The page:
With a plan in place for digitizing their archives, photographers can begin scanning originals and seamlessly integrate them into their digital workflow. For Lanting, this process is multistaged because he scans different transparencies on different machines for different purposes.
“Rule number one,” he says, “is to scan your images at the highest quality you can afford, but I would complement that by suggesting you scan at the lowest level you can get away with. You don’t want to put all of your precious eggs in one scanning basket before you get a handle on the process. Most of all, you need to be clear about what you want to achieve and how many images you’re talking about and how you can start grading them according to something that makes it an achievable process.”
Lanting’s studio creates film scans at three primary levels. In-house scans with a Nikon Coolscan are ideal for all web uses and many other immediate purposes. For higher-quality needs, he creates image files from an Imacon FlexTight 949, which he thinks of as a pseudo-drum scanner—providing high-quality files acceptable for practically all publishing applications.
“We apply different solutions, depending on the value of the images,” says Lanting, “and also how quickly we need the images to be distributed. Everything depends ultimately on what your goals are, how many images you have to work through and what your budget is. Coolscans are a great solution if you’re looking at doing thousands of scans on a budget—and even more so if you have to do it yourself because this is a machine that’s easy to use. There are bulk loaders and other batch-processing capabilities that allow you to turn over a lot of images in a short amount of time.”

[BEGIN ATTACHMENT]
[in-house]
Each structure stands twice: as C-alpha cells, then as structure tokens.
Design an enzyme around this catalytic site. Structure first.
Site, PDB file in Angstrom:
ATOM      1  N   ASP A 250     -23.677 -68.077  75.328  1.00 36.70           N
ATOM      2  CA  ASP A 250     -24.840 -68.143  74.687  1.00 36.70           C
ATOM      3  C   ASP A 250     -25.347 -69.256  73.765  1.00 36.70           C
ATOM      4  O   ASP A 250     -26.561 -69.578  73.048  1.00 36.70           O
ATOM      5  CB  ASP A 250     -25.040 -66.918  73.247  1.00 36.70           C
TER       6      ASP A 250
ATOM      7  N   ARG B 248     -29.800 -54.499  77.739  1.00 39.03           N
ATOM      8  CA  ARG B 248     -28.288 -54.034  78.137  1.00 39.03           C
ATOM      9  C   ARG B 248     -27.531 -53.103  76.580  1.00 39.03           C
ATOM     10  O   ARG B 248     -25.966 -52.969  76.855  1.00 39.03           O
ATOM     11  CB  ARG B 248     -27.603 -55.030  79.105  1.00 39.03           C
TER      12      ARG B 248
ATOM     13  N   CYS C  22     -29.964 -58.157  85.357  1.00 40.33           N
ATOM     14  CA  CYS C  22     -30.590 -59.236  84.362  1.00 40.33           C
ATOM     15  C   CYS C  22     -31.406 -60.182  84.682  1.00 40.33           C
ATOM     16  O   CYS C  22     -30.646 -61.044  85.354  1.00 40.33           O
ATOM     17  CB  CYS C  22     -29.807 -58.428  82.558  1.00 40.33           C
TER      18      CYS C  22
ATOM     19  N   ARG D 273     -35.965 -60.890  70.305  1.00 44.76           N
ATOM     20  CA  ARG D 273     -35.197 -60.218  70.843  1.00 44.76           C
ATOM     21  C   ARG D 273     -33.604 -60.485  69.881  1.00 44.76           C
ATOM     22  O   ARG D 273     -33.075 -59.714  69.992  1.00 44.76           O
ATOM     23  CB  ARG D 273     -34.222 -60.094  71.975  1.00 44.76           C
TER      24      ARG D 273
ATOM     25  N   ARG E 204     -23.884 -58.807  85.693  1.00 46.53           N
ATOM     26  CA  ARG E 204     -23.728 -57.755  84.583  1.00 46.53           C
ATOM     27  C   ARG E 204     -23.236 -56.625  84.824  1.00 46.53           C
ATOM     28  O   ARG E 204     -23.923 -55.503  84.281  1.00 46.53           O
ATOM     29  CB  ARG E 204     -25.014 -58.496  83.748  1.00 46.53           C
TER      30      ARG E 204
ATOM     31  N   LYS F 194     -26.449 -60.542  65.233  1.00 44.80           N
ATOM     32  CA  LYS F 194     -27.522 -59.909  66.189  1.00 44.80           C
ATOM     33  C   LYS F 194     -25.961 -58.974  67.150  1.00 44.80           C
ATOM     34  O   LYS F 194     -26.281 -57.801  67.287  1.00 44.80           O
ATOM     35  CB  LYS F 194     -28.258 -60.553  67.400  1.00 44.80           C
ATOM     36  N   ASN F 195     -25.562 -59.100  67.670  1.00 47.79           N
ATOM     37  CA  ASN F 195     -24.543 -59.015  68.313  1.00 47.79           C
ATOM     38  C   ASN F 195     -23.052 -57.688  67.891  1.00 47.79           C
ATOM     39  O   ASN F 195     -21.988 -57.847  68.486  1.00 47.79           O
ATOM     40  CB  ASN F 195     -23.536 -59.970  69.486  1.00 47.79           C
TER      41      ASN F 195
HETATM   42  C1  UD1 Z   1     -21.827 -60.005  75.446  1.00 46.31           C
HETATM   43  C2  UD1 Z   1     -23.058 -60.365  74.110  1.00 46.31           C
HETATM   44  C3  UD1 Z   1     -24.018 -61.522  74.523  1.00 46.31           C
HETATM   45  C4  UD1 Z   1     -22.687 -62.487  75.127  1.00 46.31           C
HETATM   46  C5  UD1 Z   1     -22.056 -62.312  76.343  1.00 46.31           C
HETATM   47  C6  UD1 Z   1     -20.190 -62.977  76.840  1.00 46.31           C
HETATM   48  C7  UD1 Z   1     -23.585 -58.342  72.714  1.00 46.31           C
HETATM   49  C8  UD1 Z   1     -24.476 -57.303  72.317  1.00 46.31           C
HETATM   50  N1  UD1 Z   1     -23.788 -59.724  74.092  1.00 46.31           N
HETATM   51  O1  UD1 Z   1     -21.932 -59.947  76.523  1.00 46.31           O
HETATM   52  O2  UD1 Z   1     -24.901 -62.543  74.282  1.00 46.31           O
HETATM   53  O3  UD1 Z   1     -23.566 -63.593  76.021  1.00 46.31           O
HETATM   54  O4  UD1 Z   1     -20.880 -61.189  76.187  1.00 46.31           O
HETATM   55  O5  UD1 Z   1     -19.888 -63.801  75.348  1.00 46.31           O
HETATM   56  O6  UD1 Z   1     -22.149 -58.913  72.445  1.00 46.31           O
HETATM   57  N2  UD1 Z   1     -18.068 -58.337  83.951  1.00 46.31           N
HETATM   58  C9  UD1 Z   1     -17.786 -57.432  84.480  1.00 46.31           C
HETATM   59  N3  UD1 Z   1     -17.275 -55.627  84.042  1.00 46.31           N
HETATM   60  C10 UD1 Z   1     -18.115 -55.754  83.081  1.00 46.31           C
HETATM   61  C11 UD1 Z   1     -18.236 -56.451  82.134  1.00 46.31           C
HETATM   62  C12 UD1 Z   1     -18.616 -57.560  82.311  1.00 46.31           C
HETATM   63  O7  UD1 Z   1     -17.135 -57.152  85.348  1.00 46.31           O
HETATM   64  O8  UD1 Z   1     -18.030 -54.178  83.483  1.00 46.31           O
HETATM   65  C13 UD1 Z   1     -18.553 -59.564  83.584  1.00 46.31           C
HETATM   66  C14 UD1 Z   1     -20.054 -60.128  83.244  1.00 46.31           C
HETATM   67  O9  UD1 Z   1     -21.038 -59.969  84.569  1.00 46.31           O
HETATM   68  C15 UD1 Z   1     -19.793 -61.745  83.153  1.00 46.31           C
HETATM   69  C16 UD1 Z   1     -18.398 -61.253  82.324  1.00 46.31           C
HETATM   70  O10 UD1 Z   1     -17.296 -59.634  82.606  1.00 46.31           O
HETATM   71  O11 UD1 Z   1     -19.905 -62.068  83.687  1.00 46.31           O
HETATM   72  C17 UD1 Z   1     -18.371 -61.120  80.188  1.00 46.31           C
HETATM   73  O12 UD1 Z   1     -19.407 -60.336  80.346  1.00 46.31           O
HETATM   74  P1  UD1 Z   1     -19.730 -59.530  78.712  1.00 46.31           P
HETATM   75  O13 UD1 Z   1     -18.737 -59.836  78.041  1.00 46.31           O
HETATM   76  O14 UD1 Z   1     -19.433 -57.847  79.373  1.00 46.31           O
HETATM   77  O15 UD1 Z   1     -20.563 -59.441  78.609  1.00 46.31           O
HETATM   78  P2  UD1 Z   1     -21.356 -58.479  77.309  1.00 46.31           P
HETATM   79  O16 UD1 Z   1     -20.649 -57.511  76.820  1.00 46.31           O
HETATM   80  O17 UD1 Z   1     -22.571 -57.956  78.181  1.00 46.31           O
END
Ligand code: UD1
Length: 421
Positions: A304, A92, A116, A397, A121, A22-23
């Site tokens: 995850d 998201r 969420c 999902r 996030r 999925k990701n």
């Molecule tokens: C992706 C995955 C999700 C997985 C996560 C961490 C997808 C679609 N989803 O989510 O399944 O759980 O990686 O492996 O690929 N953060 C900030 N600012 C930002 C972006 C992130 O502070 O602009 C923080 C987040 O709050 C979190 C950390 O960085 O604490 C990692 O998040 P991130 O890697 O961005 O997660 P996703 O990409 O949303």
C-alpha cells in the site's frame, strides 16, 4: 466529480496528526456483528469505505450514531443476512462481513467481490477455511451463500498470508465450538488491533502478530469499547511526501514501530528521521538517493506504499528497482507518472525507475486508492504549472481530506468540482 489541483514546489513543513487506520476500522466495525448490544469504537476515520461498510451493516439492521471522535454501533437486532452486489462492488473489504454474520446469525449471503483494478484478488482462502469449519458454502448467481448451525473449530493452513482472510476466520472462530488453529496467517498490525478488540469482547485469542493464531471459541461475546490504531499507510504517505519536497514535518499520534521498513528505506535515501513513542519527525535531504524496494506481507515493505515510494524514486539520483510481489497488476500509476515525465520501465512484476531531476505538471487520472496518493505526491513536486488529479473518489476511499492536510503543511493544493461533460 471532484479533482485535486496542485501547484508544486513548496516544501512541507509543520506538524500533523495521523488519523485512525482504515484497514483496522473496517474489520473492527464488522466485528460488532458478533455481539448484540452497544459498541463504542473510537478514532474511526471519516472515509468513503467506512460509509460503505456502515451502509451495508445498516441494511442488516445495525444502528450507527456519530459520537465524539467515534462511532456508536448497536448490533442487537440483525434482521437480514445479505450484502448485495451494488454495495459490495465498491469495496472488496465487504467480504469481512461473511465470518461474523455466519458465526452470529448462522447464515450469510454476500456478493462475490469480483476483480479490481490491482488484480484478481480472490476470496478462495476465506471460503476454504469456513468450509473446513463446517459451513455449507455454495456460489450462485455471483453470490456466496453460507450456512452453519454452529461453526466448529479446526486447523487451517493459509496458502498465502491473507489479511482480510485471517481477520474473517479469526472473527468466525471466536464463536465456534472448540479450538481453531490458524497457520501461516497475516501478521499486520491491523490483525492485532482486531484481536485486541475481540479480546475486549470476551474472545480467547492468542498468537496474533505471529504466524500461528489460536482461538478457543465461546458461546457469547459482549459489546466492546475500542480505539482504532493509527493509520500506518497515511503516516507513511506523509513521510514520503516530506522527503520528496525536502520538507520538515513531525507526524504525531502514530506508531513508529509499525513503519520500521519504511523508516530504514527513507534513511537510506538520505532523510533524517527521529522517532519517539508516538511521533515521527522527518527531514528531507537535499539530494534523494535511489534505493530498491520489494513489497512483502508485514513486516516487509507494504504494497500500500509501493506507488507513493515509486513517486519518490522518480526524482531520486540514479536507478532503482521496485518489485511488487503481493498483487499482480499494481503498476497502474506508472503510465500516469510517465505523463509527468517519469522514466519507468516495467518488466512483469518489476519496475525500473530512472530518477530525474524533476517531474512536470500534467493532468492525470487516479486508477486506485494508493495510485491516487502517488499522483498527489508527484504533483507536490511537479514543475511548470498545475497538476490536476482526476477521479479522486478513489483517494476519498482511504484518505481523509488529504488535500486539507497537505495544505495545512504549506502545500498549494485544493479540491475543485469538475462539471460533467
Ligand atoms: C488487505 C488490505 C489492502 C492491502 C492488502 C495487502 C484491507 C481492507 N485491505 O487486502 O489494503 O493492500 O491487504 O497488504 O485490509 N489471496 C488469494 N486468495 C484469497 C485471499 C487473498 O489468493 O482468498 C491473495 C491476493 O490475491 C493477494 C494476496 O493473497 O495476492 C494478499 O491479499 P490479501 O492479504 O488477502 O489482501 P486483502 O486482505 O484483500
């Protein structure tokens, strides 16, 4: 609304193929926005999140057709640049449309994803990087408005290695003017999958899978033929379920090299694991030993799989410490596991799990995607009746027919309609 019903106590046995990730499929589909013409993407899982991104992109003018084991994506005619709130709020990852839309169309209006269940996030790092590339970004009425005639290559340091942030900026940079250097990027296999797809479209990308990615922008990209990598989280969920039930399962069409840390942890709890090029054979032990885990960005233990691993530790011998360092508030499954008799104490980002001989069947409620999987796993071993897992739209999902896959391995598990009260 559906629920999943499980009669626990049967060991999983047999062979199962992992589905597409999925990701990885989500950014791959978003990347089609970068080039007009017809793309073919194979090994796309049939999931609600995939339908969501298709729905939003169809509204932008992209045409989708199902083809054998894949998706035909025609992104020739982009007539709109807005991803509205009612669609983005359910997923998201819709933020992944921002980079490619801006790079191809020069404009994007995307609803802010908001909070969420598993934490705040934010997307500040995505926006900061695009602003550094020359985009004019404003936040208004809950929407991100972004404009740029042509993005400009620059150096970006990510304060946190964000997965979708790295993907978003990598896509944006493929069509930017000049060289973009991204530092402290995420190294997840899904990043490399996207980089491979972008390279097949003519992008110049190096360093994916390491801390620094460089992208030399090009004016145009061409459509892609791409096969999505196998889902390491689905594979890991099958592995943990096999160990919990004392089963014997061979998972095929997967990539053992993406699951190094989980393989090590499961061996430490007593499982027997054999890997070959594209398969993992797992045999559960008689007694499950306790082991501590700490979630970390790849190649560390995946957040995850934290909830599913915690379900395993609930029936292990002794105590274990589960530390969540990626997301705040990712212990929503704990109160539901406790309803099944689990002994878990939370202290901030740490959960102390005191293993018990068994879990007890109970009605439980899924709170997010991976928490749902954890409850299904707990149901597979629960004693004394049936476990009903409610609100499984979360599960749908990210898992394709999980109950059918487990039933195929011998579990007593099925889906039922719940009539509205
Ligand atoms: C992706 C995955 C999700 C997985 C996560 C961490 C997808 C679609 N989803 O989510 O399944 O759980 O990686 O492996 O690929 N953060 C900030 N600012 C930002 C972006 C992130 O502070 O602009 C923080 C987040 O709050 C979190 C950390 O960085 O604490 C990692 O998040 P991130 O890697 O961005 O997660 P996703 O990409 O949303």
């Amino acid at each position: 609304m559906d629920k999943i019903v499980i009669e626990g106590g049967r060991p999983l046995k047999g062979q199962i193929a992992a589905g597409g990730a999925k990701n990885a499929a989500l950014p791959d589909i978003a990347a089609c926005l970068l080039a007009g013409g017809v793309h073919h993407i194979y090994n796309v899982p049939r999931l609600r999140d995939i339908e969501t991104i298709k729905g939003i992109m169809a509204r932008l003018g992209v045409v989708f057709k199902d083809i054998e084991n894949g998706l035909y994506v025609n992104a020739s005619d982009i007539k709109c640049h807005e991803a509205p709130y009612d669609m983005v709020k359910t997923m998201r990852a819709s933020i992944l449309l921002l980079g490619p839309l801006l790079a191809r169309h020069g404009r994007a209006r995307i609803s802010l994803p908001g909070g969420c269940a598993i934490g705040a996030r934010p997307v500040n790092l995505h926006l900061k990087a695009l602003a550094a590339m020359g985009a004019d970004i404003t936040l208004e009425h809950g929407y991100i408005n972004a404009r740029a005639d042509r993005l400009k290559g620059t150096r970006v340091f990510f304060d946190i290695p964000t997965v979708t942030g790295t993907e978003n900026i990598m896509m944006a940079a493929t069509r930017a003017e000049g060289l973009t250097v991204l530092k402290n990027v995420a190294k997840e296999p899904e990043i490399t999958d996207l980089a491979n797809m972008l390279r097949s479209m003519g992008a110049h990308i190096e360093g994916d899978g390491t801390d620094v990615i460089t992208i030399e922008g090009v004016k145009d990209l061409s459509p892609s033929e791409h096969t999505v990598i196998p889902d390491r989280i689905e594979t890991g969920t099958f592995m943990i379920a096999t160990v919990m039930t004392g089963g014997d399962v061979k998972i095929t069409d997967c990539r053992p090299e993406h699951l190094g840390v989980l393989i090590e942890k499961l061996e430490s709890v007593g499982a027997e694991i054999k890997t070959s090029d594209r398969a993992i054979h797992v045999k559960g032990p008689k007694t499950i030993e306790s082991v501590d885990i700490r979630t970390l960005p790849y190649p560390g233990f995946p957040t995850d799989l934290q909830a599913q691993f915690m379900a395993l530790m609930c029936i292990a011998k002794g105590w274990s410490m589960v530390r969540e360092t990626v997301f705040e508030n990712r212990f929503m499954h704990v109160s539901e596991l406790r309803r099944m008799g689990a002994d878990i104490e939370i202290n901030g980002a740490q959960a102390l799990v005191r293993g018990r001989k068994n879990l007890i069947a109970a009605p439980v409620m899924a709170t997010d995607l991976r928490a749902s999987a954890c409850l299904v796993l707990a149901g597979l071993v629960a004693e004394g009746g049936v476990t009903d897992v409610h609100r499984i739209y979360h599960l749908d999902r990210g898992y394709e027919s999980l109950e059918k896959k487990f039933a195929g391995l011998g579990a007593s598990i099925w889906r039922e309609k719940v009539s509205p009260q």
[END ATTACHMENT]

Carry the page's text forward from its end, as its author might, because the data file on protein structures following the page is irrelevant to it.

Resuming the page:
Lanting outsources the highest-quality scans. These drum scans are made for every image intended for book publication or exhibition prints, working with trusted vendors and paying $40 to $50 per scan. International discount operations have sprung up to offer photographers the opportunity to make inexpensive high-res drum scans, but Lanting is wary of shipping large batches of original film overseas.
“The price drops dramatically,” he says, “but communication becomes an issue, and there’s a risk factor involved, as well. My recommendation to other photographers would be that if you’re preparing for a book publication or fine prints, it’s worth it to have the images drum-scanned. But it’s a risky thing if you house a couple hundred images with which you plan a book, to send those all out overseas simultaneously. The choices that we look at all have to do with being able to do things either totally under our control or to work with services that we can have a direct and interactive relationship with.”
However he scans an image, Lanting is then faced with a raw file that’s no more ready for publication than a RAW digital capture. Optimization must occur before reproductions can be made.
“We once looked at film as being an objective reflection of reality,” Lanting says. “Consider Kodachrome. It was looked at as being the gold standard, and unless you produced images on Kodachrome, you couldn’t get them published. Editors wanted nothing less. We now know that Kodachrome was a flawed emulsion, with a lot of color shifts that were a function of how far a particular roll of film was in its aging process. It usually started off too cyan and ended up too magenta. So in the scanning and priming process, we have the opportunity to correct for this an
d make up for flaws in photographs that were once accepted as they were.
“Over the years, I’ve used quite a few different emulsions,” he adds, “ranging from different Kodachromes and Ektachromes to Fujichromes to some more exotic emulsions. None of them are a perfect representation of what you see. They all have a bias. Some of them are too contrasty, others too flat. That requires adjustments in Photoshop to bring the images up to a more contemporary standard. Often, the transparencies that have been used most frequently require other adjustments because they’re scratched, dirty.”